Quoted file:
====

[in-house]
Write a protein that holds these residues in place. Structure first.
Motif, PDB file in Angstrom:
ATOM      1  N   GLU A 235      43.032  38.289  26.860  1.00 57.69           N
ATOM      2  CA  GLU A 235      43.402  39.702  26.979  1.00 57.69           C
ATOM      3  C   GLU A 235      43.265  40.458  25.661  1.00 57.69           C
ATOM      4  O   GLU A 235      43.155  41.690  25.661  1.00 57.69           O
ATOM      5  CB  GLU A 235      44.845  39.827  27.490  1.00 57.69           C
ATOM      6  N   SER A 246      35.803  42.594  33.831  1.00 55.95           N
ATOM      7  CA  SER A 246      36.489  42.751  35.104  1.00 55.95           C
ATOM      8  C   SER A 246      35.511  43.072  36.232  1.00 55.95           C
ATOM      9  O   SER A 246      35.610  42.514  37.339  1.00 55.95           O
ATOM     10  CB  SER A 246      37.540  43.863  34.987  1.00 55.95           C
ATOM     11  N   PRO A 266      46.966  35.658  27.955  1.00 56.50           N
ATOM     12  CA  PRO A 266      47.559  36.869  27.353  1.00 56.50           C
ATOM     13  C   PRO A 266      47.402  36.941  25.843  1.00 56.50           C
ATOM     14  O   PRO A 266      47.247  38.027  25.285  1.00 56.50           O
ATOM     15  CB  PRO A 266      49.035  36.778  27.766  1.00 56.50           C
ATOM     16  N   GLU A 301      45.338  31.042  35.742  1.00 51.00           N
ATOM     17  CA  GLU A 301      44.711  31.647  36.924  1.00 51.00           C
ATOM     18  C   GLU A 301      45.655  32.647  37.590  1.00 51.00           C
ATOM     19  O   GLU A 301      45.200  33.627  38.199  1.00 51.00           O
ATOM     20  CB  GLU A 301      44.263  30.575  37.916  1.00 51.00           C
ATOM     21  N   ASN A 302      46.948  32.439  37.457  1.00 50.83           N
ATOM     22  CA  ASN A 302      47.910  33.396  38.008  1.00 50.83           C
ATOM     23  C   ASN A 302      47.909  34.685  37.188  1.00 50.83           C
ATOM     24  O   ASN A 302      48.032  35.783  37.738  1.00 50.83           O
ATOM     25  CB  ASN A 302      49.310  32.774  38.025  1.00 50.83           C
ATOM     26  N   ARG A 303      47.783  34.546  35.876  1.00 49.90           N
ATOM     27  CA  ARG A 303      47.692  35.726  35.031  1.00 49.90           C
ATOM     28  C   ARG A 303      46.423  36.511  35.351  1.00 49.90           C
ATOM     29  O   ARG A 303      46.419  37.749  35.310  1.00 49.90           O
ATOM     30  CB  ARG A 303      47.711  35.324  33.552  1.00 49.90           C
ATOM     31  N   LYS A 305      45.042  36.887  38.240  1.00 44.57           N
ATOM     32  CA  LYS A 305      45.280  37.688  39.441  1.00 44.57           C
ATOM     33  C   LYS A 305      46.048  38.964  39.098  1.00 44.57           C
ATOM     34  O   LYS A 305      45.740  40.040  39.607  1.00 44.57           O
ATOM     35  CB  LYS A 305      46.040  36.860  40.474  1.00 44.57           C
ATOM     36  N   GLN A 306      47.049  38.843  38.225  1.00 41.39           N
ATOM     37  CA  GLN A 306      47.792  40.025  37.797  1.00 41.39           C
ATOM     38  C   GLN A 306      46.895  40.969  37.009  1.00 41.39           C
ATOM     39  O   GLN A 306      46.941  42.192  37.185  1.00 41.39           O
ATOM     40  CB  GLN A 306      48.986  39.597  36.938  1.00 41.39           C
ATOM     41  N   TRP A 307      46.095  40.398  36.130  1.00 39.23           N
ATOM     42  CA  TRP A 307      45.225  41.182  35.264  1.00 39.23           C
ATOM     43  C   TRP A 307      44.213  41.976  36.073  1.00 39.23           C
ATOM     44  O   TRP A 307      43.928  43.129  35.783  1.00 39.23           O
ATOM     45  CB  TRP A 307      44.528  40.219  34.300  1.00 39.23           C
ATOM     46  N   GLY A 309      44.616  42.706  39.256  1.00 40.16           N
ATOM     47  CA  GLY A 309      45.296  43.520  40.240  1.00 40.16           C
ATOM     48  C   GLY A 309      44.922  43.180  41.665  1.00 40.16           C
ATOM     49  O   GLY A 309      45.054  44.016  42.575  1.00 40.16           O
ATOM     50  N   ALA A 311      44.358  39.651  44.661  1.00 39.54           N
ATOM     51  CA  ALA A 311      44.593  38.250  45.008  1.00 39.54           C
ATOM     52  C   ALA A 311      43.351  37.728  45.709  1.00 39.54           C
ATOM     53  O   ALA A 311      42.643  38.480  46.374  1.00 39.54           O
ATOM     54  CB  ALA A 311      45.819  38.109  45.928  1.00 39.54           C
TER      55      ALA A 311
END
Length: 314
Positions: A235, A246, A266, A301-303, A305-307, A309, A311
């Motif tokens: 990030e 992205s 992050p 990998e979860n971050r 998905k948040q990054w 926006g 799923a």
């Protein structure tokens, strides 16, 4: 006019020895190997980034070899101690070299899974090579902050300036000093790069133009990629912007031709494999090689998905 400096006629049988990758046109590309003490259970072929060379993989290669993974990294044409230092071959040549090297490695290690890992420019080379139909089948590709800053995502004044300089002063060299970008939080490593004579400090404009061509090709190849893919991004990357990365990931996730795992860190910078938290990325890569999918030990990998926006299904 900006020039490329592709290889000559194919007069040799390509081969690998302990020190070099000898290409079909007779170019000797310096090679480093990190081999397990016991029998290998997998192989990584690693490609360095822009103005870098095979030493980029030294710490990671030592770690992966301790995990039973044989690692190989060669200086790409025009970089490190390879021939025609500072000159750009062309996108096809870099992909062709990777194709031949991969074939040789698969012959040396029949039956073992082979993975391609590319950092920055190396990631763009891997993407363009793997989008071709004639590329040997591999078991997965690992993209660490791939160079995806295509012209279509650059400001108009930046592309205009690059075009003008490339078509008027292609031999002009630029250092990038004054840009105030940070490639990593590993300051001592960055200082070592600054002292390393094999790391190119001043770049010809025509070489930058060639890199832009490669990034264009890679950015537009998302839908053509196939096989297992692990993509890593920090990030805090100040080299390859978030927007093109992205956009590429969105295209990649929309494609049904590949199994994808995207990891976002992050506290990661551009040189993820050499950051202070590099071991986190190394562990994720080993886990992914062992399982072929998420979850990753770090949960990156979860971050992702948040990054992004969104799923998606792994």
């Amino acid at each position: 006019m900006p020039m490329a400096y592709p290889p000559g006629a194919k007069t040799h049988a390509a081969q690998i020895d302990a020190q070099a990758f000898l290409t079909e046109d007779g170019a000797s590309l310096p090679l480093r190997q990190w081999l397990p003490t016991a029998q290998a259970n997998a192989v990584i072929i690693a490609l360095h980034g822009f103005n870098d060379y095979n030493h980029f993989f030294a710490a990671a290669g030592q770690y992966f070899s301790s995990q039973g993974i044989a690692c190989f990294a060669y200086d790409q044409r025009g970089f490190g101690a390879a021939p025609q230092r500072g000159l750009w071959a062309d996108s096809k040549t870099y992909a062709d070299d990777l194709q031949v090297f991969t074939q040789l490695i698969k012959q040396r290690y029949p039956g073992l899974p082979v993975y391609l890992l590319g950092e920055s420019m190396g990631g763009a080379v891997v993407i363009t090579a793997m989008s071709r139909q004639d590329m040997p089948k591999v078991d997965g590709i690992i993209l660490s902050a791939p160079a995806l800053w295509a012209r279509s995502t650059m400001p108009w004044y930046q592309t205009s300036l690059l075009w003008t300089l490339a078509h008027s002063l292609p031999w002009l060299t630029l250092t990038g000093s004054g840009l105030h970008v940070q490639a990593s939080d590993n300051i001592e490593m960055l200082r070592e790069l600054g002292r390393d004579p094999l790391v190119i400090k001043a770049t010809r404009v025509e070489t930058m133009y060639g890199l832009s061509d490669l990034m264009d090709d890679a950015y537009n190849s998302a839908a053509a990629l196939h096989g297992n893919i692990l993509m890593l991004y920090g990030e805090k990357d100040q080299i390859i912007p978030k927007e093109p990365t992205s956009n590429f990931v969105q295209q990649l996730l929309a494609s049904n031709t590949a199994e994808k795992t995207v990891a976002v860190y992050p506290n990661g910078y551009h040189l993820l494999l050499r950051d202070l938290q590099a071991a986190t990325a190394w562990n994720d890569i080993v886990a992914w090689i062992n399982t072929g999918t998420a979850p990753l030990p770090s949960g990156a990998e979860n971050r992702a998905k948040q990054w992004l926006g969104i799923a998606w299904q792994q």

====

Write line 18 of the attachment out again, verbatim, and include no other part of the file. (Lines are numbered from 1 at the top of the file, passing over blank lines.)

ATOM     15  CB  PRO A 266      49.035  36.778  27.766  1.00 56.50           C